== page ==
Select it, then Path > Object to Path. This turns it into a cutting line for the laser.
Shift the rectangle path to Layer 1. (So you can lock it.)
Right click on it> Move to Layer > Layer 1
Lock Layer 1 by clicking on the Layer palette and clicking the little lock icon next to Layer 1.
- Create a single hole for your Chicago Screws using the Circle Tool. Set the size to be the diameter of the shaft on the screws. Give it a different Stroke color than the color on the rectangle, and no Fill color. After setting it up, Convert it to a Path, then Move it to Layer 2.
Copy the circle and paste it to create more screw holes.
(Right click on it to select it> Copy.) Then Right click>Paste.
Use the Align and Distribute pallette to place the screw holes evenly inside the rectangle. (Since it’s locked, you won’t accidentally select it.)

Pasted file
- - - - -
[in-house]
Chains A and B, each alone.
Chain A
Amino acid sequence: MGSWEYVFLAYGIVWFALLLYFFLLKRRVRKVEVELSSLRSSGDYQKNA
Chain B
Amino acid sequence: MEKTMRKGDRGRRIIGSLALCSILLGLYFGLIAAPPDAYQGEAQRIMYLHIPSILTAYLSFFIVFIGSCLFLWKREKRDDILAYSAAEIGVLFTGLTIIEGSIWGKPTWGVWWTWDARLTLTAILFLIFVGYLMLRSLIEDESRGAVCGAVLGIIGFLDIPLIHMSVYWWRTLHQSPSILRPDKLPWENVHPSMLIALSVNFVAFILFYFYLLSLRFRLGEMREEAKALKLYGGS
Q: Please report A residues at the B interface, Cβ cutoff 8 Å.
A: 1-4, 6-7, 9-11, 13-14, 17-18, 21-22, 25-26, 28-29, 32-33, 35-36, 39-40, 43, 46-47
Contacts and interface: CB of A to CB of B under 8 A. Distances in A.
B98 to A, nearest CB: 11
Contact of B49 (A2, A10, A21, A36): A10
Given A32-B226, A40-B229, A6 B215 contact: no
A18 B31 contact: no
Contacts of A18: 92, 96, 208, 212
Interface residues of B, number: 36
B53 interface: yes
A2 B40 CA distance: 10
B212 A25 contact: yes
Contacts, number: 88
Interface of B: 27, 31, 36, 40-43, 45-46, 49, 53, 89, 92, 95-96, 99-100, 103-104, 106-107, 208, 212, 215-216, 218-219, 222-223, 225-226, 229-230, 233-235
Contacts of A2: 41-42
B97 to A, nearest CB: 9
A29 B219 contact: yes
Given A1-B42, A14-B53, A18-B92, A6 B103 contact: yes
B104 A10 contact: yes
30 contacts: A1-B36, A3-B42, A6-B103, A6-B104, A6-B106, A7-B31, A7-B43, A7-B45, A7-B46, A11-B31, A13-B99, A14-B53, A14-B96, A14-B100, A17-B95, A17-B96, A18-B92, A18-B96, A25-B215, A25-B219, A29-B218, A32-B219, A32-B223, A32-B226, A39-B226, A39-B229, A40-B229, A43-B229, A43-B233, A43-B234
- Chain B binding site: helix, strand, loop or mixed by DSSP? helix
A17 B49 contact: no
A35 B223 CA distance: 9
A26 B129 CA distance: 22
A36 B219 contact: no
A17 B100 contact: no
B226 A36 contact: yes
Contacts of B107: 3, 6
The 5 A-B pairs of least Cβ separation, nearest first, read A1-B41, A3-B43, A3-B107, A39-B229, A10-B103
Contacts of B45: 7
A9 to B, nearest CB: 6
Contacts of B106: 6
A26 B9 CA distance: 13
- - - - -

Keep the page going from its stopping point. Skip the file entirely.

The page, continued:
After you have the holes distributed where you want them, group them and then lock Layer 2. (Right click > Group.)
At this point > Save the File as your base svg file. You will create each of your subsequent frames on this base, it will keep things aligned perfectly, since you are using the same cutting lines for each frame, and they are locked into place.
Example: Name it “Schneider House Frame - Base”.
- To use the Base…
First go to the Layer Palette and click on Layer 3 to select it as the landing layer. (Where the image is going to land when you place it.)
Then take your first engraving image and drag it onto the open Base file, and let it go.
(Note: I would not try to use a PDF file for the bitmap image, the resolution is going to suck big time, and I’m going to show you why in the example below since you provided a PDF. Use the original source file in either JPEG or PNG format, and it might require cleanup before engraving it. That’s a different problem, that you would need to fix in Photoshop or GIMP first.)
Any little specs and flecks that you can see on the image here are going to be reproduced exactly (the laser will give you exactly what it sees and it can “see” a lot better than we can.). We call that “noise”.